It was the day after Katie’s funeral that Libby first set foot in the hot room—a space that seemed crazy to her only weeks before. 

 

“I went Aug. 1st… the day after the funeral. Katie had found her passion at the studio, and I needed to see why. Her absence was a huge hole in my life, and I was looking for anything that might help soothe my soul. I was just trying to function, so I asked Sue to take me to yoga. I had no idea what I was doing. I’d never done yoga of any kind before. That’s when I met Joanne and her dad.” 

 

Libby immediately picked up on the fact that the hot room wasn’t the real source of warmth at Bikram Yoga—it’s the sense of community and the kindness that make it such an inviting place. 

 

“Like Katie and for Katie, I went to the 6 AM class, and I just kept going that summer. When school started, I started going at night. I’ve always liked to exercise, and I recognize the value in it, but it was sooo quiet there. It was unlike any exercise I’d known. DVDs and gym classes aren’t restful at all; they’re loud and chaotic. Here, it was so calm and so quiet but also so hard. For an hour and a half, I didn’t think. I was just trying to hold the poses. For the first time since the accident, my mind was quiet. My tense muscles relaxed. I felt some peace.”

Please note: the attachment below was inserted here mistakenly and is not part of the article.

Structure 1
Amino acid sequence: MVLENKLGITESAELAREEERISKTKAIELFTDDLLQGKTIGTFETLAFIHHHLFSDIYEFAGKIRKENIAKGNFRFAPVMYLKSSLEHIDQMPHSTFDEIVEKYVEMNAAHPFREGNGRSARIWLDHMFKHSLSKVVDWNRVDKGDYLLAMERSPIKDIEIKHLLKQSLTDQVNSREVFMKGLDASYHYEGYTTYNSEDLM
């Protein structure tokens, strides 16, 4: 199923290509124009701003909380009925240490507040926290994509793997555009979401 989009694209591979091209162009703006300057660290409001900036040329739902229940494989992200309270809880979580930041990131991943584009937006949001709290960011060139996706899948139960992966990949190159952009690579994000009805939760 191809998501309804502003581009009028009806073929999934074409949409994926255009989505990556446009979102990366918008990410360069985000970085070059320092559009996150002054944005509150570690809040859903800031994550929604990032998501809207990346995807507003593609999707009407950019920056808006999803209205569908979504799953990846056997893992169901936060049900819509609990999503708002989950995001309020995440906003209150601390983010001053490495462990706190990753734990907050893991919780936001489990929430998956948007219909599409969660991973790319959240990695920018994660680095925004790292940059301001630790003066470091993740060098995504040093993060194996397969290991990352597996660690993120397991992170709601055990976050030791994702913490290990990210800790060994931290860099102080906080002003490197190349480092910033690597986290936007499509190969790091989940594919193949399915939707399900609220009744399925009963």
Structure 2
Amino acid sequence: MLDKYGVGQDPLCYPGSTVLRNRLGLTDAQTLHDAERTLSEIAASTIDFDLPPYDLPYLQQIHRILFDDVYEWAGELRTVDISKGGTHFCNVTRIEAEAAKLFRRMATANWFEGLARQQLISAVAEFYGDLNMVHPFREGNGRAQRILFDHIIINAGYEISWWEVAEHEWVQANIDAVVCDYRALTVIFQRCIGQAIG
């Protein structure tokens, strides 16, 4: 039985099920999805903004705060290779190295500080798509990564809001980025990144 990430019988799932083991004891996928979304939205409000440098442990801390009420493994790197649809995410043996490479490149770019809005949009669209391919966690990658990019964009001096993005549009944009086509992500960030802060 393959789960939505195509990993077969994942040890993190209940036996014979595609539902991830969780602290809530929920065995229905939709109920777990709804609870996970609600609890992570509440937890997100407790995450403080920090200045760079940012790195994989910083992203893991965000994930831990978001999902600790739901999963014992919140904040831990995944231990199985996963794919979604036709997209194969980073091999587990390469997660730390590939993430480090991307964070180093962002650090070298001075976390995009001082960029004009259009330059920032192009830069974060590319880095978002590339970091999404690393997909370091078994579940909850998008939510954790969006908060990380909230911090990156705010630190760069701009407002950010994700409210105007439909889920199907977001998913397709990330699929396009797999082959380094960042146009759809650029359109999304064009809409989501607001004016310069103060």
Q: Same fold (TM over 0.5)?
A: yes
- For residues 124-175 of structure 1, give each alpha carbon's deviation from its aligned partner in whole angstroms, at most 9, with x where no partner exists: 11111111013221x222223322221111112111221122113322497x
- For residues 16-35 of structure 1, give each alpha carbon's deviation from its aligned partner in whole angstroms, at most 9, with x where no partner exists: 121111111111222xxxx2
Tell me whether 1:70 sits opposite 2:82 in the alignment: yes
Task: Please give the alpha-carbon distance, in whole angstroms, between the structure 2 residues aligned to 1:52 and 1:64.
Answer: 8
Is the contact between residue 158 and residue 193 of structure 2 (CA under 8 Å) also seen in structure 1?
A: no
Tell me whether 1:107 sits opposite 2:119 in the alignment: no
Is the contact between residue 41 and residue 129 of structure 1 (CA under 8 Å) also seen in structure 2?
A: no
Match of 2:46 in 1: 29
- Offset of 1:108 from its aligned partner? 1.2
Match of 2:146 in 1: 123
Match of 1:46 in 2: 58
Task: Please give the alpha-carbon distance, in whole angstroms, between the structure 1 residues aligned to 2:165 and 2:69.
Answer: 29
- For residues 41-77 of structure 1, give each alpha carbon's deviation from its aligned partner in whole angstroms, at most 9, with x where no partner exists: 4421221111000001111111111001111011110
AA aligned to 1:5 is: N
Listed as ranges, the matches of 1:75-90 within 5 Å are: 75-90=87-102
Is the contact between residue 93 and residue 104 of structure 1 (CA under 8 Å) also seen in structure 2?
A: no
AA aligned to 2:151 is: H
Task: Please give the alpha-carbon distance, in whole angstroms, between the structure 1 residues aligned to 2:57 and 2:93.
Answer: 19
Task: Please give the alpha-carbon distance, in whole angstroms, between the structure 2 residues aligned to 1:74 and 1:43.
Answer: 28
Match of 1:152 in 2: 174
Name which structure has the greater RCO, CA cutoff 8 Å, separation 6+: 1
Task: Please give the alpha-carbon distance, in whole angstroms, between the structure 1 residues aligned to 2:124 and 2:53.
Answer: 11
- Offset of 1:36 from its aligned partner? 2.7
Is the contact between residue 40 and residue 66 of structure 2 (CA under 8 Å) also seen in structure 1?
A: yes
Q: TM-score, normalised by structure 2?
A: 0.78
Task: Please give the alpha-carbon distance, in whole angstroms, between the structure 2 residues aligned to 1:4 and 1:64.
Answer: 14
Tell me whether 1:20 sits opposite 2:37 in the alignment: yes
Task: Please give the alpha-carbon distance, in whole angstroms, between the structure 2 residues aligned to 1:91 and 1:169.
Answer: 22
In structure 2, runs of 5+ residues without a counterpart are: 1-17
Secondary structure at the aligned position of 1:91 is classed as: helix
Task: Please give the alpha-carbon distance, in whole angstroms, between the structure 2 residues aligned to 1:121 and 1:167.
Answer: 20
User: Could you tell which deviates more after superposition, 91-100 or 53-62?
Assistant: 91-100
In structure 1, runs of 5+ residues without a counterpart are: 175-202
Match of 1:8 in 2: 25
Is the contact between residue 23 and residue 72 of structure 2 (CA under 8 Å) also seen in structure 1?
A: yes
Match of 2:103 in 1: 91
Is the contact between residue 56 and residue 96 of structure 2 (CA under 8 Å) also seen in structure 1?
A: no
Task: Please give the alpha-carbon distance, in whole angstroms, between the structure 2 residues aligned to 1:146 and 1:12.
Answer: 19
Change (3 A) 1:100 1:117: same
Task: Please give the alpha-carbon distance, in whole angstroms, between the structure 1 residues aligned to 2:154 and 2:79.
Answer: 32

While Libby found great value in the quiet time, she also found it to be a very different experience at the end of each session. Suddenly, the thoughts would burst forth.

 

“At the end, it’s so hard. The thoughts come flooding in. I’m here. Katie isn’t. She should be here instead of me.

 

As painful as those thoughts were, Libby also found the end of each class to be a gift that’s defies logic or full explanation.

 

“I would just lay there until my temperature would kind of return to normal. I would then turn to the windows and pray and I’d talk to Katie. There were a number of times I heard her. When I say ‘heard,’ it’s more like I felt the words… felt her voice. It’s like my heart heard it. It’s not logical, but it can’t be. It defies logic. I just needed to know if she was okay, and this gave me reassurance.”